Top 10 Green Tips For Children

By Joanne Capano on December 12, 2008

Teaching children to care for the environment is an important parental responsibility that is crucial for their future. But sometimes helping the planet can feel overwhelming for small shoulders. Remember to encourage young children to take one step at a time when going green. The little things they can do really make a big difference.

Many solutions to our environmental problems are very simple. There are many ways to care for the environment - from reusing common household items to putting paper and plastic in the recycle box. Encourage children to do one small thing, and then add another and another . Before you know it, those little steps add up to a lot more green.

Also consider your children’s ages and how much responsibility they can handle. Above all, make it a fun family affair. Children learn best when they are happy and can model our behavior.

Here are 10 ways to encourage children to go green:

The power switch: One simple way we can conserve the Earth’s resources is by not using more electricity than we need. Teach children to turn off lights when they leave a room and turn off the TV if they are not watching it.

Pull the plug:
Even when electronics and appliances are turned off, they still consume energy if plugged in the electrical outlet. Conserve energy by teaching older children to unplug their game systems, computers, chargers, or audio equipment. Little ones can participate too by becoming the family “plug police” and inform grownups of any unused household equipment that is plugged into an electrical outlet.

Tighten up:
Encourage children to check water taps in the house to make sure they are tightened and inform a grownup if any faucets leak. A drop-per-second leak wastes about 2,400 gallons of water a year [1].

Turn off the tap: Water should not be running while children brush their teeth. Teach children to turn off the tap and reduce shower time to conserve energy.

Collect rainwater: Water can be recycled too! Children often enjoy collecting rainwater. The next time it rains, place a pail or container outside and put a heavy rock or brick inside to prevent it from tipping over. When the rain is done, they will have a fresh supply of water to feed household plants.

Use community resources:
Libraries carry more than books. Selection of CDs, audio tapes and DVDs are also available. Some communities have toy lending libraries. Learn about community resources and encourage children to find items that are new to them instead of purchasing new things.

Pass it on: Clothes, toys and other household items that are no longer used can be donated to organizations instead of thrown into the trash. Pick through items with your children and find a local organization that will benefit from your donation. Children feel good knowing they are helping their community.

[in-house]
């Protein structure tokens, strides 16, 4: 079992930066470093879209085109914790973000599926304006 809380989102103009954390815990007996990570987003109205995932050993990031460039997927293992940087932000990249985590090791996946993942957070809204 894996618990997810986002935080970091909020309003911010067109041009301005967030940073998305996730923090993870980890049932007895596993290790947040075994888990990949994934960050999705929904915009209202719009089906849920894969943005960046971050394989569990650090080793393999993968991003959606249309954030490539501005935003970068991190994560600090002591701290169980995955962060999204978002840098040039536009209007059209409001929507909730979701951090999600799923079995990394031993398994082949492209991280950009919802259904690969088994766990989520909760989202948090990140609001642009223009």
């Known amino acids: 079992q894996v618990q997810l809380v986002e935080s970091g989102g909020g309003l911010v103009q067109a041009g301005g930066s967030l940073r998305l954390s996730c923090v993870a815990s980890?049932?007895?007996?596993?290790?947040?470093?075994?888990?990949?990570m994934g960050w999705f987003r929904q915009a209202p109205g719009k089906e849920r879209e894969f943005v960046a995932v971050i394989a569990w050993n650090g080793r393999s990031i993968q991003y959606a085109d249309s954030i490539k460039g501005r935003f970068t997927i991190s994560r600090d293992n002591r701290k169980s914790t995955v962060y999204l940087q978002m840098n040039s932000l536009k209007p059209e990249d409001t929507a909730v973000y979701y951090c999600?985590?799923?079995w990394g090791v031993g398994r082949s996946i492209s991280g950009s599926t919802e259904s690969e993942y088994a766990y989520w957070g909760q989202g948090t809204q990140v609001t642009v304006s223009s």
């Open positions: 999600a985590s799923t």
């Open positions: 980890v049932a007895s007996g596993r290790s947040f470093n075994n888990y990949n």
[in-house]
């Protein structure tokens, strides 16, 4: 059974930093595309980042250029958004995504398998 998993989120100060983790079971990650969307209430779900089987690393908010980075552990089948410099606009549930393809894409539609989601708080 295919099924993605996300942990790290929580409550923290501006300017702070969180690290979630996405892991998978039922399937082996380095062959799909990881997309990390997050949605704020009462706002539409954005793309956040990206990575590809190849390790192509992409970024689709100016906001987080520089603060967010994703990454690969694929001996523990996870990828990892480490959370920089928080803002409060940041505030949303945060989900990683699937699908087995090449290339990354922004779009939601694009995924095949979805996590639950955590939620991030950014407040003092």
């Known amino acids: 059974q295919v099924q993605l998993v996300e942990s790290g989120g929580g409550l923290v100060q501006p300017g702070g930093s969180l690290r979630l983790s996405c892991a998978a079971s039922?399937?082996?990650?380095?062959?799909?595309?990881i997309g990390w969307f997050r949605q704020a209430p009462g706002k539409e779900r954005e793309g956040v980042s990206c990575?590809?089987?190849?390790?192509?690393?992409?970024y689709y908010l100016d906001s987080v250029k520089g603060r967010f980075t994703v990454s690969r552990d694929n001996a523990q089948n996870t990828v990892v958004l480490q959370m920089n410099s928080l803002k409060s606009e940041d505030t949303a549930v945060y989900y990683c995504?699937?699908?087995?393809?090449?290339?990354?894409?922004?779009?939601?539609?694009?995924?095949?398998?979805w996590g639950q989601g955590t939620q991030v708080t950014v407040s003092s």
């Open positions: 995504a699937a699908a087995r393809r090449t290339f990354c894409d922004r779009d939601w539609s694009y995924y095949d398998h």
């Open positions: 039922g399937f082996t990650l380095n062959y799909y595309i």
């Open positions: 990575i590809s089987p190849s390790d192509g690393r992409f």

Litter free lunch challenge: Packaging our children’s lunches can create a lot of waste. Most disposable items can be replaced by reusable ones. Involve your children in finding creative ways to pack a healthy lunch that leaves no trash behind. Try inexpensive stainless steel cutlery instead of plastic, cloth napkins rather than paper, or thermoses, reusable glass, and plastic containers instead of disposable plastic or paper.

Reuse or recycle:
Teaching children to place recyclable items in the recycle bin is an important way to help the environment. Finding creative ways to reuse household items is another. Make it a fun challenge for the entire family. Be creative and you’ll be surprised how easily an empty cereal box can be transformed into a letter holder, or how quickly an empty shoebox can turn into a storage container for photos and artwork. The possibilities are endless! You’ll be reducing waste and having a fun time with the children’s new ideas.

Bike or Walk: Going somewhere doesn’t always mean having to use a car. Encourage your children to walk or ride their bikes for short trips. For younger children, grab your running shoes and walk or bike with them. In addition to reducing pollution, the entire family will benefit from some exercise.

Fostering a love for planet Earth, and teaching children the behavior needed to preserve its beauty, can be achieved when simple solutions are implemented. Fortunately, children are often eager and enthusiastic to lend a helping hand. With guidance, children will grow up to become stewards of the environment so their world will be a cleaner and safer place to live in.



References

1] Investigation of Water Usage. (2008). Government Of Canada. Retrieved from: http://www.environmentandresources.ca/proj-h2o/default.asp?lang=en&n=E93A16CB-


By Joanne Capano | December 12, 2008
Categories:  Live

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Joanne Capano

Joanne Capano

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